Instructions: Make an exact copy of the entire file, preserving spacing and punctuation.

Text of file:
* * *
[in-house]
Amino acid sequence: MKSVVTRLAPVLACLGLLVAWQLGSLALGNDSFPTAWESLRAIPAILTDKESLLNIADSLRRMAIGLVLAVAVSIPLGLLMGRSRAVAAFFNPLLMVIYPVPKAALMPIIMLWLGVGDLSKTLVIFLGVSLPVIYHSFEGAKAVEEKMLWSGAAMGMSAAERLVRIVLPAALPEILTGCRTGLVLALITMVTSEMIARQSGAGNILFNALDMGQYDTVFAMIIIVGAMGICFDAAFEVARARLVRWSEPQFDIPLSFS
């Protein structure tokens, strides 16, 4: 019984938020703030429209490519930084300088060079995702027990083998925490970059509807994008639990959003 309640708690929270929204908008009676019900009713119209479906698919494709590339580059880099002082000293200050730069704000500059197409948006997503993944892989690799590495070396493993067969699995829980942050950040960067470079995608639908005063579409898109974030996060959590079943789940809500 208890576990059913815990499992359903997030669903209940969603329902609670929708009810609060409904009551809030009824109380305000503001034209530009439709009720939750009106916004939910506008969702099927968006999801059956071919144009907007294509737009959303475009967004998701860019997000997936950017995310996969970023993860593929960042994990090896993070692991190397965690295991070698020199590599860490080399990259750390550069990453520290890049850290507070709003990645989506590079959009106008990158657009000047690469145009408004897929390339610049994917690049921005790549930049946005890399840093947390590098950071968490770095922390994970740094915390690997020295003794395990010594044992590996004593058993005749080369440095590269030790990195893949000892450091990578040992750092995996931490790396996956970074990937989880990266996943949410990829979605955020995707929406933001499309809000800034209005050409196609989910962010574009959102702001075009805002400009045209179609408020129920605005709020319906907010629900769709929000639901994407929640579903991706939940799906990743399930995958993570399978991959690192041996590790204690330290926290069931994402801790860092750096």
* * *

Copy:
[in-house]
Amino acid sequence: MKSVVTRLAPVLACLGLLVAWQLGSLALGNDSFPTAWESLRAIPAILTDKESLLNIADSLRRMAIGLVLAVAVSIPLGLLMGRSRAVAAFFNPLLMVIYPVPKAALMPIIMLWLGVGDLSKTLVIFLGVSLPVIYHSFEGAKAVEEKMLWSGAAMGMSAAERLVRIVLPAALPEILTGCRTGLVLALITMVTSEMIARQSGAGNILFNALDMGQYDTVFAMIIIVGAMGICFDAAFEVARARLVRWSEPQFDIPLSFS
């Protein structure tokens, strides 16, 4: 019984938020703030429209490519930084300088060079995702027990083998925490970059509807994008639990959003 309640708690929270929204908008009676019900009713119209479906698919494709590339580059880099002082000293200050730069704000500059197409948006997503993944892989690799590495070396493993067969699995829980942050950040960067470079995608639908005063579409898109974030996060959590079943789940809500 208890576990059913815990499992359903997030669903209940969603329902609670929708009810609060409904009551809030009824109380305000503001034209530009439709009720939750009106916004939910506008969702099927968006999801059956071919144009907007294509737009959303475009967004998701860019997000997936950017995310996969970023993860593929960042994990090896993070692991190397965690295991070698020199590599860490080399990259750390550069990453520290890049850290507070709003990645989506590079959009106008990158657009000047690469145009408004897929390339610049994917690049921005790549930049946005890399840093947390590098950071968490770095922390994970740094915390690997020295003794395990010594044992590996004593058993005749080369440095590269030790990195893949000892450091990578040992750092995996931490790396996956970074990937989880990266996943949410990829979605955020995707929406933001499309809000800034209005050409196609989910962010574009959102702001075009805002400009045209179609408020129920605005709020319906907010629900769709929000639901994407929640579903991706939940799906990743399930995958993570399978991959690192041996590790204690330290926290069931994402801790860092750096």